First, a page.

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Mark to Mayhem?

What would happen if we changed the rules? Let's find out.


The Paulson plan's defeat on Monday was not the end of the world, and may not even be lasting. But it does invite us to revisit the sideshow of mark-to-market accounting.

Even as this agnostic column was giving birth to itself, the SEC's chief accountant released a new "interpretation" late yesterday meant to relax these vexatious rules. The Dow jumped 485 points. Were investors reacting to the SEC announcement -- or hope of the Paulson plan being revived in Congress? Perhaps they concluded that the two are one in the same.

OK, get out your NoDoz and let's wade in. Under current interpretation of accounting rules, banks can be obliged to value loan holdings based on their liquidation or fire-sale value, even if (as now) the fire-sale values are lower than might be suggested by the cash flow and payoff prospects of the underlying assets.

Now recall that accounting is a language of abstraction. In the normal case of a public company, whatever method it uses to value its assets, it merely provides a benchmark for investors to make their own judgments. Nobody takes accounting values as the final word.

Banks, though, are subject to regulatory capital standards and therefore can be rendered insolvent overnight based on an accounting writedown. At the moment, many banks are clinging to "market" values for loans that are higher than probable fire-sale values, and doing so on tenuous grounds. In kibitzing over the Paulson plan, indeed, one knotty question was how Treasury could buy such loans at a price "fair to taxpayers" without propelling the sellers into federal receivership.

Because of all this, the regulatory state finds itself in a somewhat absurd position -- its own rules could render many financial institutions insolvent in a manner inconvenient to the state.

We choose the adjective advisedly. These institutions are guaranteed by the federal government, implicitly or explicitly, so questions of solvency are largely academic -- except as to the value of their equity. In fact, much of the ferocious argument over mark-to-market really is a political battle between CEOs and short sellers for control of the stock price. Washington wishes they'd just shut up before savers and lenders join the argument -- because, in present circumstances, we'd call that a "bank run."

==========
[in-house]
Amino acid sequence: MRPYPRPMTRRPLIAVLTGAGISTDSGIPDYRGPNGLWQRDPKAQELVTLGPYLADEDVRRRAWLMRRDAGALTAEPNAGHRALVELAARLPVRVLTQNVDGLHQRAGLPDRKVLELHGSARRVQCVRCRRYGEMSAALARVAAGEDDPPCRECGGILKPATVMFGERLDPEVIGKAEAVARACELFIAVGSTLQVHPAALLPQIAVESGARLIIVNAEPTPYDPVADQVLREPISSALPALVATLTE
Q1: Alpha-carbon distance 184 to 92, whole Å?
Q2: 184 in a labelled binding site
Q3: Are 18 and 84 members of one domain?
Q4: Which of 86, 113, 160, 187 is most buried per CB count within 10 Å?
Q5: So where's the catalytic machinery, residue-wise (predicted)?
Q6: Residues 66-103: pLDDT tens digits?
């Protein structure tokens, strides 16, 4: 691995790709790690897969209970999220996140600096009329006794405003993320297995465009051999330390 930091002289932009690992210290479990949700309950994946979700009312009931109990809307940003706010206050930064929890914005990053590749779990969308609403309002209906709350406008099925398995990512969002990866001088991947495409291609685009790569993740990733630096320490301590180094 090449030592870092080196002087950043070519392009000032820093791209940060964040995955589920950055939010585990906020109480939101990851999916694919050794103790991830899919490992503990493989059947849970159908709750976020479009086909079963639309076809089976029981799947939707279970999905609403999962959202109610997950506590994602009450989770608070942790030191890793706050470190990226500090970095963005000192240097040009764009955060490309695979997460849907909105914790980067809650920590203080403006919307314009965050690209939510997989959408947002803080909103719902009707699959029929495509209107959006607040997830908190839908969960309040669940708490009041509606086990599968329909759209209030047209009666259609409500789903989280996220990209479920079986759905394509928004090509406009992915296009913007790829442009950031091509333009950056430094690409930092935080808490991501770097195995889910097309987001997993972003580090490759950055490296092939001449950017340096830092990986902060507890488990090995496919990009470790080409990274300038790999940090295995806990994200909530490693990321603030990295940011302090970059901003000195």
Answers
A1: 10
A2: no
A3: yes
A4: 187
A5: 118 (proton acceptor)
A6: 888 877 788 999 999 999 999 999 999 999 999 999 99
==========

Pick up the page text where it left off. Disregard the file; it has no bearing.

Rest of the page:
Then there's a third group on the sidelines who attribute religious or ethical superiority to mark-to-market. Their sentiments are simply misplaced. Mark-to-market and its alternatives all have their uses -- a rose by any other name. A savvy analyst looks at them all with the same gimlet eye.

But usefulness is not what we're talking about here -- we're talking about a regulatory trap for equity, created as an unintended consequence of a well-meaning accounting rule. Short sellers see this trap and try to exploit it.

Uninsured lenders and depositors see it and worry about not getting paid back. That fear is why banks have all but stopped lending to each other -- and why Henry Paulson launched his plan, and why the SEC made its move yesterday.

Accounting straddles the real and unreal, so it's hard to guess how much difference getting rid of mark-to-market might really make. The only way to find out is to try.

A mere accounting rule change won't reduce foreclosures or raise home prices -- then again, if spared drastic writedowns, banks might be more willing to lend, raising home prices and reducing foreclosures.

A mere accounting rule can't alter the underlying economics of a lending business -- then again, no longer worried about insolvency-by-accountant, investors might discover new confidence to inject capital and improve the underlying economics of a lending business.

No accounting rule is worth $700 billion. Then again, the essence of the Paulson plan was to raise the value of bank assets to help banks escape the regulatory equity trap. Does that mean we can change an accounting rule and save Congress from having to appropriate $700 billion?

Let's find out.